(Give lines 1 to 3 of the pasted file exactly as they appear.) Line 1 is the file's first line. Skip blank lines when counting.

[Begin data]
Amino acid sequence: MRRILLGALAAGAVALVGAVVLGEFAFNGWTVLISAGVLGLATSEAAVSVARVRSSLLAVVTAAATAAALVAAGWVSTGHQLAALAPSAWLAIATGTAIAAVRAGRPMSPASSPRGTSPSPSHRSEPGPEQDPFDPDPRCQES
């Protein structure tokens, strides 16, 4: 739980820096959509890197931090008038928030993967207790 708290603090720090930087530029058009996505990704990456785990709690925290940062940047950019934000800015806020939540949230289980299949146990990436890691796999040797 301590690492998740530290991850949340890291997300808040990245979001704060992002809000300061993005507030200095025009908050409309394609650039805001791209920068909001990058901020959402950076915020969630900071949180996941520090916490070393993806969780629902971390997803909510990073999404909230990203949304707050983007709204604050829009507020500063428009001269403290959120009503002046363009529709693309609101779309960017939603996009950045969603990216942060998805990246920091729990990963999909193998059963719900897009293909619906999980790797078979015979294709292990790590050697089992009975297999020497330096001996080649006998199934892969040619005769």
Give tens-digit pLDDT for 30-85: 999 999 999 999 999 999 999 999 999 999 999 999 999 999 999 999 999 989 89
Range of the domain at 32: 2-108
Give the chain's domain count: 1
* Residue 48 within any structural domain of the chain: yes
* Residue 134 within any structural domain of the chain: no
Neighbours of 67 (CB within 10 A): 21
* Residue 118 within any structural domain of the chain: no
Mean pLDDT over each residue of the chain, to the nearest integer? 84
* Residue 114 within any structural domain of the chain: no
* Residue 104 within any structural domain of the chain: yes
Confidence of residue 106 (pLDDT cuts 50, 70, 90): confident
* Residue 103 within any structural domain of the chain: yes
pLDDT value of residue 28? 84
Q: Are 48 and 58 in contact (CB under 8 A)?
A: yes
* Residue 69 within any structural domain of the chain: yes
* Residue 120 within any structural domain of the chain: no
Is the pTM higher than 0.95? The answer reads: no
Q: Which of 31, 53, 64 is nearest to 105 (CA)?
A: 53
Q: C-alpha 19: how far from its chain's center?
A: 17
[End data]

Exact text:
Amino acid sequence: MRRILLGALAAGAVALVGAVVLGEFAFNGWTVLISAGVLGLATSEAAVSVARVRSSLLAVVTAAATAAALVAAGWVSTGHQLAALAPSAWLAIATGTAIAAVRAGRPMSPASSPRGTSPSPSHRSEPGPEQDPFDPDPRCQES
């Protein structure tokens, strides 16, 4: 739980820096959509890197931090008038928030993967207790 708290603090720090930087530029058009996505990704990456785990709690925290940062940047950019934000800015806020939540949230289980299949146990990436890691796999040797 301590690492998740530290991850949340890291997300808040990245979001704060992002809000300061993005507030200095025009908050409309394609650039805001791209920068909001990058901020959402950076915020969630900071949180996941520090916490070393993806969780629902971390997803909510990073999404909230990203949304707050983007709204604050829009507020500063428009001269403290959120009503002046363009529709693309609101779309960017939603996009950045969603990216942060998805990246920091729990990963999909193998059963719900897009293909619906999980790797078979015979294709292990790590050697089992009975297999020497330096001996080649006998199934892969040619005769």
Give tens-digit pLDDT for 30-85: 999 999 999 999 999 999 999 999 999 999 999 999 999 999 999 999 999 989 89